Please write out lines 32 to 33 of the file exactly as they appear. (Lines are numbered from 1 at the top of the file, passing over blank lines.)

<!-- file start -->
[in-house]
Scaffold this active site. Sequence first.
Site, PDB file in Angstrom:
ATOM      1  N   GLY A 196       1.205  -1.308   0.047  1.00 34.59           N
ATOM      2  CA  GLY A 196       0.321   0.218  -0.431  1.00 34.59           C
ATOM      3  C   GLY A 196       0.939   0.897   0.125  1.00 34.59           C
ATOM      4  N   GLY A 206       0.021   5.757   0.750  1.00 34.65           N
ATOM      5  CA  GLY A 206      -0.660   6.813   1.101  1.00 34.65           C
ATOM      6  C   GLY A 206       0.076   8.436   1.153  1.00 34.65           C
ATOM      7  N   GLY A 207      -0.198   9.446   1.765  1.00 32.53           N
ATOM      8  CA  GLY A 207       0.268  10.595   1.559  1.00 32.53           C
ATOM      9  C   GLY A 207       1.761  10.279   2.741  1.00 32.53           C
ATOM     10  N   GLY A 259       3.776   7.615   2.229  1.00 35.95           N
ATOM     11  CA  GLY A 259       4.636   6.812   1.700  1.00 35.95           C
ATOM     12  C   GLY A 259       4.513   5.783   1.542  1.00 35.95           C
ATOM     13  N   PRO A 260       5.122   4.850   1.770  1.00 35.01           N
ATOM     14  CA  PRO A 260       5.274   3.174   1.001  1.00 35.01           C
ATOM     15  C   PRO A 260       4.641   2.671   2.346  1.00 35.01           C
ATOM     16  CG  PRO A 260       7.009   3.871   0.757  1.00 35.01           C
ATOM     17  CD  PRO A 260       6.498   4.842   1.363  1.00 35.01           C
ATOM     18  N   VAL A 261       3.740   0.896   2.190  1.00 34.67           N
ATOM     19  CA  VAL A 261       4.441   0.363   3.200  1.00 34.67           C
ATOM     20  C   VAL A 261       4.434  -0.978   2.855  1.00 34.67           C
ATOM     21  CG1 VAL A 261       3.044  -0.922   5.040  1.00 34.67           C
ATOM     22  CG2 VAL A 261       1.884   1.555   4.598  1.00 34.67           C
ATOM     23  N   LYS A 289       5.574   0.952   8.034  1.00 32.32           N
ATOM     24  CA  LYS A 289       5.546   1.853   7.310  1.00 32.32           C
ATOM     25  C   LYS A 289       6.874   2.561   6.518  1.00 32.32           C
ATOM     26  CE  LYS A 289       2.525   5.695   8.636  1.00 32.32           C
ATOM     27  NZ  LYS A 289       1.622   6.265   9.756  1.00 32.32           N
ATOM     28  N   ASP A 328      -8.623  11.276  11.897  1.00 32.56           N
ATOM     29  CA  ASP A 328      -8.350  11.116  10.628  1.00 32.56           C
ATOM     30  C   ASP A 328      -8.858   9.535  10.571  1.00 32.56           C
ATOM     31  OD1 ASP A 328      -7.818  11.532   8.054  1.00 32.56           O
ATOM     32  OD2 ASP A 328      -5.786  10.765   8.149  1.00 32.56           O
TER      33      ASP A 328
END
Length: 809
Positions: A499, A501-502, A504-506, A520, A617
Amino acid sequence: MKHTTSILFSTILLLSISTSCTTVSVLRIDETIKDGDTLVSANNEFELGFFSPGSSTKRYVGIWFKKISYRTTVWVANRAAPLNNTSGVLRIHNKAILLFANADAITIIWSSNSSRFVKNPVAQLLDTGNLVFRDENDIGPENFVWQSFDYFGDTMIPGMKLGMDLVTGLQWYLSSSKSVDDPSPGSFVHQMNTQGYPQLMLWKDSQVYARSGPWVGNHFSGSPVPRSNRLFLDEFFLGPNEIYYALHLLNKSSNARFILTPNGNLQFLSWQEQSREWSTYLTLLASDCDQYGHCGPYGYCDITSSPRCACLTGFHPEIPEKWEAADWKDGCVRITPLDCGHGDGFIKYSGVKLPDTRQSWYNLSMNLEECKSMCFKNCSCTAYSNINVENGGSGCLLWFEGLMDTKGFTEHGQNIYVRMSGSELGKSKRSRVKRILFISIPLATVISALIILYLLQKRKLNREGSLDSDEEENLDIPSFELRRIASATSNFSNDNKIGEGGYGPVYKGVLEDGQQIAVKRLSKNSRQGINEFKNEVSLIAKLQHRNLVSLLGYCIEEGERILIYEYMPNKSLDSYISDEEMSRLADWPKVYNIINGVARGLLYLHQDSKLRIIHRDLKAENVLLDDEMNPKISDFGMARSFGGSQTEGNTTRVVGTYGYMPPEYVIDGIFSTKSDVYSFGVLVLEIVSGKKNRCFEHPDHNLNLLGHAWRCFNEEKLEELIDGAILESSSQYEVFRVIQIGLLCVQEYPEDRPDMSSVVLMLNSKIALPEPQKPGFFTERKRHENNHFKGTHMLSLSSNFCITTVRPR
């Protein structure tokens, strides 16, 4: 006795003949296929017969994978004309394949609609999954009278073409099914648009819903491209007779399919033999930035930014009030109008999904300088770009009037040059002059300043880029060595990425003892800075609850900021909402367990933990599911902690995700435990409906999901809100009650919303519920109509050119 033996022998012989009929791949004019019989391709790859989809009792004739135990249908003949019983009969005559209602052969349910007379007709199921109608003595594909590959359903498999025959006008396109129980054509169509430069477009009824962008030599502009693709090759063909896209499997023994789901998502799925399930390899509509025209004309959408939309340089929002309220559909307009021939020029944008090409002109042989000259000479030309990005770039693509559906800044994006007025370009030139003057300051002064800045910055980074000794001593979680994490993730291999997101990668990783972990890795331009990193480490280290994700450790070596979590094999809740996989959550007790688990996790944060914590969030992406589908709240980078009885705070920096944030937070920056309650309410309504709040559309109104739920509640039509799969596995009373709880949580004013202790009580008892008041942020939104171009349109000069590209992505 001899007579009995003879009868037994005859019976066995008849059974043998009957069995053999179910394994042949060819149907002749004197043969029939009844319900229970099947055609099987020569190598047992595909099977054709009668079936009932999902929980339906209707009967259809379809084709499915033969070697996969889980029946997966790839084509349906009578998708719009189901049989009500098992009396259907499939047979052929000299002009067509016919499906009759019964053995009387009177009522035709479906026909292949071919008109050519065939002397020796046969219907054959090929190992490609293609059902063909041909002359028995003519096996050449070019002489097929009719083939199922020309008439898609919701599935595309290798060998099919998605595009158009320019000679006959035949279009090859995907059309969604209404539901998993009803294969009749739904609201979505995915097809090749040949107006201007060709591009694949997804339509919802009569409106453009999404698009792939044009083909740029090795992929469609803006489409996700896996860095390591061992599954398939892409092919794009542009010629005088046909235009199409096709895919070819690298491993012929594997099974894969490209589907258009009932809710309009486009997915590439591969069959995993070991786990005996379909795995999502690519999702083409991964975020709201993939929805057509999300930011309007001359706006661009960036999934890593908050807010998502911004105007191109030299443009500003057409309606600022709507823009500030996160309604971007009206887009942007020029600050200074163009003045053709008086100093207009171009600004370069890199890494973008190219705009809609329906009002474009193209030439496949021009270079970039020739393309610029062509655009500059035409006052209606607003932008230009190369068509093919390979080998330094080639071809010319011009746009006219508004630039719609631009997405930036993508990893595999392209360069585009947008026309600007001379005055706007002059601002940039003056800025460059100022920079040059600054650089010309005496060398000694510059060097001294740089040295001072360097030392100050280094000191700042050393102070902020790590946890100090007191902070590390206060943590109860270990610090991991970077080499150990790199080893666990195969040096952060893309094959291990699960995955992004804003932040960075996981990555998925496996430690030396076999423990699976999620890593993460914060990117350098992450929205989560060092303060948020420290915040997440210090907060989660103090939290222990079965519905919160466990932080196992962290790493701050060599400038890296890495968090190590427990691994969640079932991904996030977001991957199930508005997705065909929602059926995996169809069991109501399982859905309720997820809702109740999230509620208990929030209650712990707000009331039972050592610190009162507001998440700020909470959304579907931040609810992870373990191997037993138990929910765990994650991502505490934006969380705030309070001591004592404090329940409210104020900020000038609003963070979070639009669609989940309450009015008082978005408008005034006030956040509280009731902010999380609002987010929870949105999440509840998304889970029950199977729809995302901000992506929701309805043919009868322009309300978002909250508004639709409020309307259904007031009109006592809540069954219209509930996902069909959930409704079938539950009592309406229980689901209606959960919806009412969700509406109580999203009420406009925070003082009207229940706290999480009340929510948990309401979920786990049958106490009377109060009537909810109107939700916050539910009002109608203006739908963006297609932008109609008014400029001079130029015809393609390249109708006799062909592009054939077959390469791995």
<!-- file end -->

ATOM     29  CA  ASP A 328      -8.350  11.116  10.628  1.00 32.56           C
ATOM     30  C   ASP A 328      -8.858   9.535  10.571  1.00 32.56           C